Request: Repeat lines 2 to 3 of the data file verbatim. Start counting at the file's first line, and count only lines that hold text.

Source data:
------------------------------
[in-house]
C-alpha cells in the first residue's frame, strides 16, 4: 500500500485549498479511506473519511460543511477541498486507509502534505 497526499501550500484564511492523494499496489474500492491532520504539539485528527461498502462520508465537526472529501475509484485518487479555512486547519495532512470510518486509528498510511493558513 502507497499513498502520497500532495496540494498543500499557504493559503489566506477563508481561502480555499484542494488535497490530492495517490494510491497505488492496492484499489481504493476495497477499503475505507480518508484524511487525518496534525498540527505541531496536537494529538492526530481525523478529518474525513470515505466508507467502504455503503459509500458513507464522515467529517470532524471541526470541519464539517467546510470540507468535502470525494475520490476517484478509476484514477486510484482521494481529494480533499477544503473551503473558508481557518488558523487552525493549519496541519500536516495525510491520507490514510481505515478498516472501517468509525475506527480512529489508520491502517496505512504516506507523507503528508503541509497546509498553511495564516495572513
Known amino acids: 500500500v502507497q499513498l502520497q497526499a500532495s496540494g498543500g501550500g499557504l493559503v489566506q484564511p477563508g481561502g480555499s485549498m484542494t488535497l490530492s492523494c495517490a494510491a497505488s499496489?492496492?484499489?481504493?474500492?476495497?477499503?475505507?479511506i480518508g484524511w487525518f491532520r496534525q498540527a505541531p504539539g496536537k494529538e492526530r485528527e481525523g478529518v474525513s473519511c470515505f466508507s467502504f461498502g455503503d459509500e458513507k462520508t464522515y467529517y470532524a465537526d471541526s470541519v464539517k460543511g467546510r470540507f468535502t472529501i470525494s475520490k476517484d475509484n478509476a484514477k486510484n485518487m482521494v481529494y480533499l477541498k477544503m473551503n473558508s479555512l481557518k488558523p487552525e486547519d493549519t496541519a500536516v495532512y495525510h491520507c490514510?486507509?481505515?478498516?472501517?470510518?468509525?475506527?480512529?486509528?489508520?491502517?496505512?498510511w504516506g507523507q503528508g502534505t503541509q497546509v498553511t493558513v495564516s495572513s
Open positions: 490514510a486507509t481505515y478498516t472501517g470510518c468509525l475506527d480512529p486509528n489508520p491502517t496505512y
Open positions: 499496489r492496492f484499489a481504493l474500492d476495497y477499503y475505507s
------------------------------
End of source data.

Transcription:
C-alpha cells in the first residue's frame, strides 16, 4: 500500500485549498479511506473519511460543511477541498486507509502534505 497526499501550500484564511492523494499496489474500492491532520504539539485528527461498502462520508465537526472529501475509484485518487479555512486547519495532512470510518486509528498510511493558513 502507497499513498502520497500532495496540494498543500499557504493559503489566506477563508481561502480555499484542494488535497490530492495517490494510491497505488492496492484499489481504493476495497477499503475505507480518508484524511487525518496534525498540527505541531496536537494529538492526530481525523478529518474525513470515505466508507467502504455503503459509500458513507464522515467529517470532524471541526470541519464539517467546510470540507468535502470525494475520490476517484478509476484514477486510484482521494481529494480533499477544503473551503473558508481557518488558523487552525493549519496541519500536516495525510491520507490514510481505515478498516472501517468509525475506527480512529489508520491502517496505512504516506507523507503528508503541509497546509498553511495564516495572513
Known amino acids: 500500500v502507497q499513498l502520497q497526499a500532495s496540494g498543500g501550500g499557504l493559503v489566506q484564511p477563508g481561502g480555499s485549498m484542494t488535497l490530492s492523494c495517490a494510491a497505488s499496489?492496492?484499489?481504493?474500492?476495497?477499503?475505507?479511506i480518508g484524511w487525518f491532520r496534525q498540527a505541531p504539539g496536537k494529538e492526530r485528527e481525523g478529518v474525513s473519511c470515505f466508507s467502504f461498502g455503503d459509500e458513507k462520508t464522515y467529517y470532524a465537526d471541526s470541519v464539517k460543511g467546510r470540507f468535502t472529501i470525494s475520490k476517484d475509484n478509476a484514477k486510484n485518487m482521494v481529494y480533499l477541498k477544503m473551503n473558508s479555512l481557518k488558523p487552525e486547519d493549519t496541519a500536516v495532512y495525510h491520507c490514510?486507509?481505515?478498516?472501517?470510518?468509525?475506527?480512529?486509528?489508520?491502517?496505512?498510511w504516506g507523507q503528508g502534505t503541509q497546509v498553511t493558513v495564516s495572513s